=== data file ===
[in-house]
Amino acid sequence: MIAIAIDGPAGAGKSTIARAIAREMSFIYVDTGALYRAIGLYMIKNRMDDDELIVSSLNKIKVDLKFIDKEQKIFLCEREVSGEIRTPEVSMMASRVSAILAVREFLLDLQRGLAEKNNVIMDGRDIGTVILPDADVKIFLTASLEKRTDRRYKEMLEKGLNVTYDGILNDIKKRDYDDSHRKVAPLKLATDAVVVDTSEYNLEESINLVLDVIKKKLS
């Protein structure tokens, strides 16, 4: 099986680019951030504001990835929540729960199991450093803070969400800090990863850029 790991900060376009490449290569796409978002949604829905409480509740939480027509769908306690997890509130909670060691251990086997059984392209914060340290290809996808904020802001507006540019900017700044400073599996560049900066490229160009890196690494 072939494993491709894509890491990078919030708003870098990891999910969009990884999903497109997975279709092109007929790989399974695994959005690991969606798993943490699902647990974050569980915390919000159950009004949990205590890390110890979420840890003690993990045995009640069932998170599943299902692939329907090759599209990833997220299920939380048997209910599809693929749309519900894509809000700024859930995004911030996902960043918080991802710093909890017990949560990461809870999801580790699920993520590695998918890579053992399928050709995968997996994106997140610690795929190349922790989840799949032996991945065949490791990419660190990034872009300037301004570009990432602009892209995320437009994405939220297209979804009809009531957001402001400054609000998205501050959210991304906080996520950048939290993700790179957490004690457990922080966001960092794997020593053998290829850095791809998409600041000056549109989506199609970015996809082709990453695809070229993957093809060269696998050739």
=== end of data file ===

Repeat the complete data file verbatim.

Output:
[in-house]
Amino acid sequence: MIAIAIDGPAGAGKSTIARAIAREMSFIYVDTGALYRAIGLYMIKNRMDDDELIVSSLNKIKVDLKFIDKEQKIFLCEREVSGEIRTPEVSMMASRVSAILAVREFLLDLQRGLAEKNNVIMDGRDIGTVILPDADVKIFLTASLEKRTDRRYKEMLEKGLNVTYDGILNDIKKRDYDDSHRKVAPLKLATDAVVVDTSEYNLEESINLVLDVIKKKLS
């Protein structure tokens, strides 16, 4: 099986680019951030504001990835929540729960199991450093803070969400800090990863850029 790991900060376009490449290569796409978002949604829905409480509740939480027509769908306690997890509130909670060691251990086997059984392209914060340290290809996808904020802001507006540019900017700044400073599996560049900066490229160009890196690494 072939494993491709894509890491990078919030708003870098990891999910969009990884999903497109997975279709092109007929790989399974695994959005690991969606798993943490699902647990974050569980915390919000159950009004949990205590890390110890979420840890003690993990045995009640069932998170599943299902692939329907090759599209990833997220299920939380048997209910599809693929749309519900894509809000700024859930995004911030996902960043918080991802710093909890017990949560990461809870999801580790699920993520590695998918890579053992399928050709995968997996994106997140610690795929190349922790989840799949032996991945065949490791990419660190990034872009300037301004570009990432602009892209995320437009994405939220297209979804009809009531957001402001400054609000998205501050959210991304906080996520950048939290993700790179957490004690457990922080966001960092794997020593053998290829850095791809998409600041000056549109989506199609970015996809082709990453695809070229993957093809060269696998050739």